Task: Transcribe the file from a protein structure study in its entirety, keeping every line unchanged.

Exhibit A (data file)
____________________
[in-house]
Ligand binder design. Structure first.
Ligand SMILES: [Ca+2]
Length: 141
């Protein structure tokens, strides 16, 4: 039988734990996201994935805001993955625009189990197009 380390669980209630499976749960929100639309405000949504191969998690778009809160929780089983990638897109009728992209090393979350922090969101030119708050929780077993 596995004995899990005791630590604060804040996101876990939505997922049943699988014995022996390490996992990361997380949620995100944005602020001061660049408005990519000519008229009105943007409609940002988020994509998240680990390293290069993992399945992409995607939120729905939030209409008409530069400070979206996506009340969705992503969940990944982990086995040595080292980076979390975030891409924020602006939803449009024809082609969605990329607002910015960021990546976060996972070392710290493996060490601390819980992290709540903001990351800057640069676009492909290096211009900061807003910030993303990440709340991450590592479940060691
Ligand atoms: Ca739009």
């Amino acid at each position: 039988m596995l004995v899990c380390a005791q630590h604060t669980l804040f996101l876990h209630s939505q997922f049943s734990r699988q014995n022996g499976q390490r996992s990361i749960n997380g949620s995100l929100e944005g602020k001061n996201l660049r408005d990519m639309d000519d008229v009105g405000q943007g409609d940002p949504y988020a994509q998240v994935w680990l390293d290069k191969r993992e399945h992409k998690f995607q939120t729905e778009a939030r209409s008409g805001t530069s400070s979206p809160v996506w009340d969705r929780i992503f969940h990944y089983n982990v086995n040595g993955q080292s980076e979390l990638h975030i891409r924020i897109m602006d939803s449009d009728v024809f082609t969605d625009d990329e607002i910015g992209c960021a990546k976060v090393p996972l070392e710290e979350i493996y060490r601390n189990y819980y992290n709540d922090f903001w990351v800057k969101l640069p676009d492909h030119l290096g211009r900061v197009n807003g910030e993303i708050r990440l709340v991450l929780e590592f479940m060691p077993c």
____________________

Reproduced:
[in-house]
Ligand binder design. Structure first.
Ligand SMILES: [Ca+2]
Length: 141
């Protein structure tokens, strides 16, 4: 039988734990996201994935805001993955625009189990197009 380390669980209630499976749960929100639309405000949504191969998690778009809160929780089983990638897109009728992209090393979350922090969101030119708050929780077993 596995004995899990005791630590604060804040996101876990939505997922049943699988014995022996390490996992990361997380949620995100944005602020001061660049408005990519000519008229009105943007409609940002988020994509998240680990390293290069993992399945992409995607939120729905939030209409008409530069400070979206996506009340969705992503969940990944982990086995040595080292980076979390975030891409924020602006939803449009024809082609969605990329607002910015960021990546976060996972070392710290493996060490601390819980992290709540903001990351800057640069676009492909290096211009900061807003910030993303990440709340991450590592479940060691
Ligand atoms: Ca739009």
């Amino acid at each position: 039988m596995l004995v899990c380390a005791q630590h604060t669980l804040f996101l876990h209630s939505q997922f049943s734990r699988q014995n022996g499976q390490r996992s990361i749960n997380g949620s995100l929100e944005g602020k001061n996201l660049r408005d990519m639309d000519d008229v009105g405000q943007g409609d940002p949504y988020a994509q998240v994935w680990l390293d290069k191969r993992e399945h992409k998690f995607q939120t729905e778009a939030r209409s008409g805001t530069s400070s979206p809160v996506w009340d969705r929780i992503f969940h990944y089983n982990v086995n040595g993955q080292s980076e979390l990638h975030i891409r924020i897109m602006d939803s449009d009728v024809f082609t969605d625009d990329e607002i910015g992209c960021a990546k976060v090393p996972l070392e710290e979350i493996y060490r601390n189990y819980y992290n709540d922090f903001w990351v800057k969101l640069p676009d492909h030119l290096g211009r900061v197009n807003g910030e993303i708050r990440l709340v991450l929780e590592f479940m060691p077993c």